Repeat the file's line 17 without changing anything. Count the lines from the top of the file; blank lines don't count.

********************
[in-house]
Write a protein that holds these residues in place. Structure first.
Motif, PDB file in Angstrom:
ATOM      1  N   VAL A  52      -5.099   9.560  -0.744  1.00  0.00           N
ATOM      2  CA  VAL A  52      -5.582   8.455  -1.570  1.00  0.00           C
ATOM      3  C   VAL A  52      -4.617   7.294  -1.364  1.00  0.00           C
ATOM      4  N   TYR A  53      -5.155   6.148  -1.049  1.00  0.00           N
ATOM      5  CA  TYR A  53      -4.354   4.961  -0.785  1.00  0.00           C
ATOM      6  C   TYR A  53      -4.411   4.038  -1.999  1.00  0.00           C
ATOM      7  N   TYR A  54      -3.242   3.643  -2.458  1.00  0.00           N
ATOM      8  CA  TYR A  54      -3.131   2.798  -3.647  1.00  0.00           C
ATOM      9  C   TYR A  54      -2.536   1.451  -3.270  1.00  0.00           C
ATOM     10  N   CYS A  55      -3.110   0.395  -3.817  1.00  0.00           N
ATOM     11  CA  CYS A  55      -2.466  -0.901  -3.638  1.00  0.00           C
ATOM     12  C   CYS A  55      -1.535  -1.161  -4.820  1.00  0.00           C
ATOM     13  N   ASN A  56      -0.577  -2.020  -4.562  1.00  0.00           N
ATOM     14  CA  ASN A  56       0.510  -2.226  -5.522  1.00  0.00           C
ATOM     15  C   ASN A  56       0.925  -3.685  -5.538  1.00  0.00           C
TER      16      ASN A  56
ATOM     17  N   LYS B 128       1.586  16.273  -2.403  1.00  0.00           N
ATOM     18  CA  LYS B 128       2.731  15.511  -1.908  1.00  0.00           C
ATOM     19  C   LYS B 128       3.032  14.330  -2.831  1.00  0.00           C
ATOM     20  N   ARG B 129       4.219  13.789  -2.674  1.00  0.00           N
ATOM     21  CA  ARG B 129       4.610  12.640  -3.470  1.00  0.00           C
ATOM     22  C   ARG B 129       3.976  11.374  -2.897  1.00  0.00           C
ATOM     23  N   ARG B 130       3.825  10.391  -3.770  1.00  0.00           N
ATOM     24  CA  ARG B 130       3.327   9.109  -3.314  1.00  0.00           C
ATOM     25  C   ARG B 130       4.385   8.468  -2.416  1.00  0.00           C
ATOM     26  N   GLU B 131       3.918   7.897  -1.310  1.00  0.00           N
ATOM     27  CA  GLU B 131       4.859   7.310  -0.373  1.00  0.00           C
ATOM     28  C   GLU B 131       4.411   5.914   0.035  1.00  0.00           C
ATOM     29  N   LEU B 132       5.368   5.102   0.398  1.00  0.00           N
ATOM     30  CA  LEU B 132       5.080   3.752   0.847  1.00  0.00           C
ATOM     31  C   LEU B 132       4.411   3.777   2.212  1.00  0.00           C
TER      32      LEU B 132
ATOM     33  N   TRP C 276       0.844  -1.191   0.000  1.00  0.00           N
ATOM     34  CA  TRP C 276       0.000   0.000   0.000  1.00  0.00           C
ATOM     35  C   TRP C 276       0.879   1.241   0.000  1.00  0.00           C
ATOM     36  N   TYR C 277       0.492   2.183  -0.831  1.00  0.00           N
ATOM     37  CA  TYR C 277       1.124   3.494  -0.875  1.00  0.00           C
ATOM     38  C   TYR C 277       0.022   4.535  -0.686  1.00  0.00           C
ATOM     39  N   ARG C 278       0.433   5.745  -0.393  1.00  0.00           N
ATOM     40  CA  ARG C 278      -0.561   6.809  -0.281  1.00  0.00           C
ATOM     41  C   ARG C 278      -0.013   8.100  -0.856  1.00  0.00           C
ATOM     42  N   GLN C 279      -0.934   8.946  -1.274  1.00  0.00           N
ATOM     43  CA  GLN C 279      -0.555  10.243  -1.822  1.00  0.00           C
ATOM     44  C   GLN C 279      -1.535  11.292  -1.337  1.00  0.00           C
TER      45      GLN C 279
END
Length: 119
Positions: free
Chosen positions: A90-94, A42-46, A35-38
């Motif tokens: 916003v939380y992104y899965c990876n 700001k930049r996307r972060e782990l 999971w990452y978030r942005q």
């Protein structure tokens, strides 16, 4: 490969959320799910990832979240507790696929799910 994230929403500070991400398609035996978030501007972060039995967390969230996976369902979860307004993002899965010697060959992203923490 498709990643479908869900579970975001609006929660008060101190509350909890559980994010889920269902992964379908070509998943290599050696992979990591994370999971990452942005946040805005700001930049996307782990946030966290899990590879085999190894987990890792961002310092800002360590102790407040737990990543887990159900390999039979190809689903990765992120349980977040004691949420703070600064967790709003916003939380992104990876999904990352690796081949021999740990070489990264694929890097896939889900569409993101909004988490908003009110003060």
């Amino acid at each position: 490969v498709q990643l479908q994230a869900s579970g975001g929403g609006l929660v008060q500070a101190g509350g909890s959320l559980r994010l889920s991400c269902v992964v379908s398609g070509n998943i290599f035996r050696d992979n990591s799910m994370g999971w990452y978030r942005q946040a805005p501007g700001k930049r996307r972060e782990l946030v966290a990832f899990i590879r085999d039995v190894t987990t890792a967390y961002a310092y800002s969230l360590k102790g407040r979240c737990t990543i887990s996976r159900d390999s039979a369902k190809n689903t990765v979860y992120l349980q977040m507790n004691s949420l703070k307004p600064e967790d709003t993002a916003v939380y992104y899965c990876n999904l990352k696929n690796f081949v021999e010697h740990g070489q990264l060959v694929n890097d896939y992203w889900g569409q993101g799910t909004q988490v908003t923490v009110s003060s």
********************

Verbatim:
ATOM     14  CA  ASN A  56       0.510  -2.226  -5.522  1.00  0.00           C